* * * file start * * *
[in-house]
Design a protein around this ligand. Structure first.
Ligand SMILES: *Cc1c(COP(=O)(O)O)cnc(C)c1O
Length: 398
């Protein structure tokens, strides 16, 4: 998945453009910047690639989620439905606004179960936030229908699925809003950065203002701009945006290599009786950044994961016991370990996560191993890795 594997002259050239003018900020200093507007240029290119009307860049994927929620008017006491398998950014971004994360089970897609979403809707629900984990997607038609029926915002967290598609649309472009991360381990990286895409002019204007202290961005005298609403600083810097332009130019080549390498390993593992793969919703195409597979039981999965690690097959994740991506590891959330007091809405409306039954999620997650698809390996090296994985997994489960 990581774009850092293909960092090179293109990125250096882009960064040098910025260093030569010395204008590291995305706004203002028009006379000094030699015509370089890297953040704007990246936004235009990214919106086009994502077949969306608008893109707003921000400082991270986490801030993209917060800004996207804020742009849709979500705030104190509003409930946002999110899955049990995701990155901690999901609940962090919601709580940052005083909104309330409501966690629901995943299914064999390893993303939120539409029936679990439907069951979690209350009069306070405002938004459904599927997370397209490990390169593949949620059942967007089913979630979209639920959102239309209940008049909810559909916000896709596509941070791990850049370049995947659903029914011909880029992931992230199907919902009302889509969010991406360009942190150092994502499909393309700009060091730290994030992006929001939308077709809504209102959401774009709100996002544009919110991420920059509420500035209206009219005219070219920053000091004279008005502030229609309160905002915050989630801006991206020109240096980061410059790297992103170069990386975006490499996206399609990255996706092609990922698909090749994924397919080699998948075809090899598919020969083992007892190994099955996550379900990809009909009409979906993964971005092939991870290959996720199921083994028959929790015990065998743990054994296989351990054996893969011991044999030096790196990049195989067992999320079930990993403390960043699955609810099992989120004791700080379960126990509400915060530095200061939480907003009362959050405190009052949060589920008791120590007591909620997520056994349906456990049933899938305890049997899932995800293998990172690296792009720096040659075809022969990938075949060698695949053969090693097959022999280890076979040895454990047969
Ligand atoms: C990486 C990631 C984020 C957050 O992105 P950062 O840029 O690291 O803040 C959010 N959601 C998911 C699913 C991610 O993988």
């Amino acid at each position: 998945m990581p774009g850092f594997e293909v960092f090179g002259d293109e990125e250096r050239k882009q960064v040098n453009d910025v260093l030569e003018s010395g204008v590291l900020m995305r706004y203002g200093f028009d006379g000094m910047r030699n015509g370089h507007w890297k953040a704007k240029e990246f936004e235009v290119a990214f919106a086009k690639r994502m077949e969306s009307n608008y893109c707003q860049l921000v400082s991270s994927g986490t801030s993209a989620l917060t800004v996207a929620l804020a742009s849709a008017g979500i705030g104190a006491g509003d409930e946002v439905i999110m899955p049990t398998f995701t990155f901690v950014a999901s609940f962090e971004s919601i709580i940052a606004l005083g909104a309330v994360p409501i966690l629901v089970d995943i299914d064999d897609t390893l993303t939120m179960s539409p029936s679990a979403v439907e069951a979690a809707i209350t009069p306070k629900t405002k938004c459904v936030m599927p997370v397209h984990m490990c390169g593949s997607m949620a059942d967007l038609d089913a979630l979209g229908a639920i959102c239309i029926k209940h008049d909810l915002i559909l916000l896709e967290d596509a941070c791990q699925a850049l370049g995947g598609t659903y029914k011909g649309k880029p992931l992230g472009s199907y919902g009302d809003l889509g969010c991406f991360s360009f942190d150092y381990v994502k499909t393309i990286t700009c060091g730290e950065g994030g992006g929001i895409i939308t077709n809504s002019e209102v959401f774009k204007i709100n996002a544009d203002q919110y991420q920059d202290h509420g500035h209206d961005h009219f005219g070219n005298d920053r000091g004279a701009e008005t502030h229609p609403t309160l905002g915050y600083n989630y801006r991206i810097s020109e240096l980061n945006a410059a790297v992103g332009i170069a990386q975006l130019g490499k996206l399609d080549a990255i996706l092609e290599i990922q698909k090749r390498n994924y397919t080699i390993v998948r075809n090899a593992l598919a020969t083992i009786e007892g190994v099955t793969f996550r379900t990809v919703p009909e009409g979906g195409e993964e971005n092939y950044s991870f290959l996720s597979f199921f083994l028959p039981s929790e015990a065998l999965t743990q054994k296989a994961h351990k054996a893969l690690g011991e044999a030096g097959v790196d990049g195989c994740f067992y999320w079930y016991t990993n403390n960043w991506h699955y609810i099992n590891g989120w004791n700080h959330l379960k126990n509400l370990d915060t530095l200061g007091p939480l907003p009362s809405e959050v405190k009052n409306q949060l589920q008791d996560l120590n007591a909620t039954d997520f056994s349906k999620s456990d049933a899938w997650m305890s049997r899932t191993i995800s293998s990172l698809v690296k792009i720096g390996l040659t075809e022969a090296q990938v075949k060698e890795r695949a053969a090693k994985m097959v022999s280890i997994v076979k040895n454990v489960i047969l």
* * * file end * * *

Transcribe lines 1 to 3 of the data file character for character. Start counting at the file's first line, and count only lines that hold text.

[in-house]
Design a protein around this ligand. Structure first.
Ligand SMILES: *Cc1c(COP(=O)(O)O)cnc(C)c1O